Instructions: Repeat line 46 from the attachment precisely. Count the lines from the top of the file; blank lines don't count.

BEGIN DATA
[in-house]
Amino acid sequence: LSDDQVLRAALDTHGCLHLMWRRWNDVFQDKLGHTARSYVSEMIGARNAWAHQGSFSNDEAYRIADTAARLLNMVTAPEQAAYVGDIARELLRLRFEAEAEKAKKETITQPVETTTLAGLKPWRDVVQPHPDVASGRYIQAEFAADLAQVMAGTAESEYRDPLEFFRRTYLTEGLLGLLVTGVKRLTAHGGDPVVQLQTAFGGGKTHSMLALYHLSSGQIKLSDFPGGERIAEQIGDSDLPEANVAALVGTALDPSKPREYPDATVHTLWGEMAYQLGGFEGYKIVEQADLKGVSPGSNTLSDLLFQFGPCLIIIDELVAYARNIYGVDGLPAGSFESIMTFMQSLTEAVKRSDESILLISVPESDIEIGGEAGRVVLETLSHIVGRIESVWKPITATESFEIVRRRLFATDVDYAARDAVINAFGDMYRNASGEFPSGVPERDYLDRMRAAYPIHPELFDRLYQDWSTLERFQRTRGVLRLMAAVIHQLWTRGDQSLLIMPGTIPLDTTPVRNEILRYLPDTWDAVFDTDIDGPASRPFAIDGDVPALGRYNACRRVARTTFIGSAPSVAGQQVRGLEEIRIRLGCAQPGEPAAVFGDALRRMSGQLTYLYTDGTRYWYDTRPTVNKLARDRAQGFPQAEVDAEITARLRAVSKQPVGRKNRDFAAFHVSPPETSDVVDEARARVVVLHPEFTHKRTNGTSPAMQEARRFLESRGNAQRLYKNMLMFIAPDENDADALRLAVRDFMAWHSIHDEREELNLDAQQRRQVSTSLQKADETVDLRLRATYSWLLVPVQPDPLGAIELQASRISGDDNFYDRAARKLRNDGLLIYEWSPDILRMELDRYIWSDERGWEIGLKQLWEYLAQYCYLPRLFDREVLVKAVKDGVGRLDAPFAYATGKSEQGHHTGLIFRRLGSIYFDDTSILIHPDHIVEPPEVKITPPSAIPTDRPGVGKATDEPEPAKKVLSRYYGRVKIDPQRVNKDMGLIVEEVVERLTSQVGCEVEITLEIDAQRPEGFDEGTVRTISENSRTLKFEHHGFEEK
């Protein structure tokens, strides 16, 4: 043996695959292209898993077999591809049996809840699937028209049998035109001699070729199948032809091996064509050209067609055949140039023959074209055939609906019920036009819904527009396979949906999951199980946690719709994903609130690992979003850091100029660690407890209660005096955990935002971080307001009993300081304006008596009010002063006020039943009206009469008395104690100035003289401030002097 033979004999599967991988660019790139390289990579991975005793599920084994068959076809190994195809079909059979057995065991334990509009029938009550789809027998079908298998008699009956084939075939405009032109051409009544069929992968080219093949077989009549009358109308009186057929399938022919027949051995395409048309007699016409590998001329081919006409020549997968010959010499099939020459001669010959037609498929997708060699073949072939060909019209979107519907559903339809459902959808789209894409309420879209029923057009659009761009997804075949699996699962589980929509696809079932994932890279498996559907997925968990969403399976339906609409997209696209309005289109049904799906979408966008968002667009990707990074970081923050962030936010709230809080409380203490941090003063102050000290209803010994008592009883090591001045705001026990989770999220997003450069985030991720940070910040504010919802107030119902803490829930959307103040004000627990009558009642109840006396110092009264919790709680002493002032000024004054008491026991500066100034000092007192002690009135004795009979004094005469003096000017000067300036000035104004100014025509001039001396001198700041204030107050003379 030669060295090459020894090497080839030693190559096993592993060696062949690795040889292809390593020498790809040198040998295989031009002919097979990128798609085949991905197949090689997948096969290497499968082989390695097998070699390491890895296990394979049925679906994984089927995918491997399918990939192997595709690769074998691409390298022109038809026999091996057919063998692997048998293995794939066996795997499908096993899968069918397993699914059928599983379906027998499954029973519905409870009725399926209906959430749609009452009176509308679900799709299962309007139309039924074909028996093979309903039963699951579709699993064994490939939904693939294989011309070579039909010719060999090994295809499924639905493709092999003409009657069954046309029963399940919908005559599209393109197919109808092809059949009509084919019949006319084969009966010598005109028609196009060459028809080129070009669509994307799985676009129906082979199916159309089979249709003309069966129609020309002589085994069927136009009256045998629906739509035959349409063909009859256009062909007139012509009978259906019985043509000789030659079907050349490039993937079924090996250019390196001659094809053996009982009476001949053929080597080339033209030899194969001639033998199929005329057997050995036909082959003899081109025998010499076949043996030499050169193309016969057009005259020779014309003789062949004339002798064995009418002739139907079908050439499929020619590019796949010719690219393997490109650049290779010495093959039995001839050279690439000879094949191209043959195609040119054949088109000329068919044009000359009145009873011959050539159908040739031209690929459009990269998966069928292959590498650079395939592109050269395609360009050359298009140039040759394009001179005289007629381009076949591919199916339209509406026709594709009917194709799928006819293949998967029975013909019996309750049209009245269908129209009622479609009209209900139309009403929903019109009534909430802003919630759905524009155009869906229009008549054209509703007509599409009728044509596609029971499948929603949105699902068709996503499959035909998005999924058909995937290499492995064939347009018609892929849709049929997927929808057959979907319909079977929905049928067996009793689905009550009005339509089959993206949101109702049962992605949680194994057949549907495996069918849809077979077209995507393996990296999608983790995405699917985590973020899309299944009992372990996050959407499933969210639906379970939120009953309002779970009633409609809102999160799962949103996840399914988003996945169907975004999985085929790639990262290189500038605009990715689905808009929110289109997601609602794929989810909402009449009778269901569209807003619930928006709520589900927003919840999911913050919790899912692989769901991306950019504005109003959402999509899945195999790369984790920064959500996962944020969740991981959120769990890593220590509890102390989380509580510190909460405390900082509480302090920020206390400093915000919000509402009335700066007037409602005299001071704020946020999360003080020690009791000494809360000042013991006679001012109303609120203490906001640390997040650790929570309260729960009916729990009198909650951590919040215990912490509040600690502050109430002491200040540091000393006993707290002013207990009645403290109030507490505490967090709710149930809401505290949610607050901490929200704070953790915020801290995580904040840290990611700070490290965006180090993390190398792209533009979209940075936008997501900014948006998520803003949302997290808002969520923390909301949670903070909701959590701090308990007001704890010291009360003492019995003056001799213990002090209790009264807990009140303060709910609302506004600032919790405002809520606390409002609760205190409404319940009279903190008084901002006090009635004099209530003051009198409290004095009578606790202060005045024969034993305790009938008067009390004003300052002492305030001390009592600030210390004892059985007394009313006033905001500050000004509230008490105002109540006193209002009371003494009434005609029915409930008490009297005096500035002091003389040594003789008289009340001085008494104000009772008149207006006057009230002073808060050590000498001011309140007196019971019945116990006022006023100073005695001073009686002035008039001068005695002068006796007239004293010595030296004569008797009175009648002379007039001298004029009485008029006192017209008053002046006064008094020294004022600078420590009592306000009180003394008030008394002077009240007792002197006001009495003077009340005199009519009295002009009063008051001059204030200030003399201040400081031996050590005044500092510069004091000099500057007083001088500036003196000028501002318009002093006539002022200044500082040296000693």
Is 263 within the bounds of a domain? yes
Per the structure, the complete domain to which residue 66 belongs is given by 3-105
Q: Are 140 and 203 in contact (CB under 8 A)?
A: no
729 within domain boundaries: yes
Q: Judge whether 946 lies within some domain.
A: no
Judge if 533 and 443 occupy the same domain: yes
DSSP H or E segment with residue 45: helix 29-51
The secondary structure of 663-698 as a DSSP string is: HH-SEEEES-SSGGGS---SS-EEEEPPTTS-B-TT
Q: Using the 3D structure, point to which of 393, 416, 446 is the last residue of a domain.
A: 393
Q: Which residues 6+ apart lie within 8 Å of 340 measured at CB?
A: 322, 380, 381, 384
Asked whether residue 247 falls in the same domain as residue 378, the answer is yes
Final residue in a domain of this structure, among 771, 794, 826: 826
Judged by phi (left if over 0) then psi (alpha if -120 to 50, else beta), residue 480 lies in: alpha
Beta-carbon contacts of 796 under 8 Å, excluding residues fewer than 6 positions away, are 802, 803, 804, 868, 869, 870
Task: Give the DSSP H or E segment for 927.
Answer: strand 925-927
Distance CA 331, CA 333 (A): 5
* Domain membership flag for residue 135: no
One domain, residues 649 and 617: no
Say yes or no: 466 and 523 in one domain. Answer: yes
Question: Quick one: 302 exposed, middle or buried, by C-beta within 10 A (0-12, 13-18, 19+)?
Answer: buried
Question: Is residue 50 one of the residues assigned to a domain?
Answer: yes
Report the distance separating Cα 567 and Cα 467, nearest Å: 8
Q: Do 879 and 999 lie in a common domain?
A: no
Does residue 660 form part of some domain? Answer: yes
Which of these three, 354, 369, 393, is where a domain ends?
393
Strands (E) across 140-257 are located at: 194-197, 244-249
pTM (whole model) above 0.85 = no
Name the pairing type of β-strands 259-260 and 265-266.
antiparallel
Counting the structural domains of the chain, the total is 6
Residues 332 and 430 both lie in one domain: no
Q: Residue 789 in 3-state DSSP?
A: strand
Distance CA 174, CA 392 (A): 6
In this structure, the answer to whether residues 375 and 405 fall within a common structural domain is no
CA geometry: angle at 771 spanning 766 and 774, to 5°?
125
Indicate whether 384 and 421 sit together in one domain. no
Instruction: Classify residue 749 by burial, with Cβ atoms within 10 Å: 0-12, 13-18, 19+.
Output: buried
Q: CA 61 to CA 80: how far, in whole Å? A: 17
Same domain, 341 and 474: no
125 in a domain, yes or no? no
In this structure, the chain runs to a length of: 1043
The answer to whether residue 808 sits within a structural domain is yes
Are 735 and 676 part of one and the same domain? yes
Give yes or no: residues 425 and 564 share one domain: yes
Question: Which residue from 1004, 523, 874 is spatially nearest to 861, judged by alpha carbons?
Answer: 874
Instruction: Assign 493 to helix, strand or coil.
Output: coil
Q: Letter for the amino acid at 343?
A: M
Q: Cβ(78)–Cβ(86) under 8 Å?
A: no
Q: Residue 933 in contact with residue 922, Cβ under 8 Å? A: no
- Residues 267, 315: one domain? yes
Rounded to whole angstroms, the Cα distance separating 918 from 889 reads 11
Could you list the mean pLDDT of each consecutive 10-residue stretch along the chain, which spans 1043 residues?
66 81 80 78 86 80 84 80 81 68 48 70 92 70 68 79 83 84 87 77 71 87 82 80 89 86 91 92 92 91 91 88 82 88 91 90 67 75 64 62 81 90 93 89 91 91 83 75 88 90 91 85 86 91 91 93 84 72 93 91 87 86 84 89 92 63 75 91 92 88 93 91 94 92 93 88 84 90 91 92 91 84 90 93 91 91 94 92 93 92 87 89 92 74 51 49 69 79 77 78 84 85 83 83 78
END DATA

Distance CA 174, CA 392 (A): 6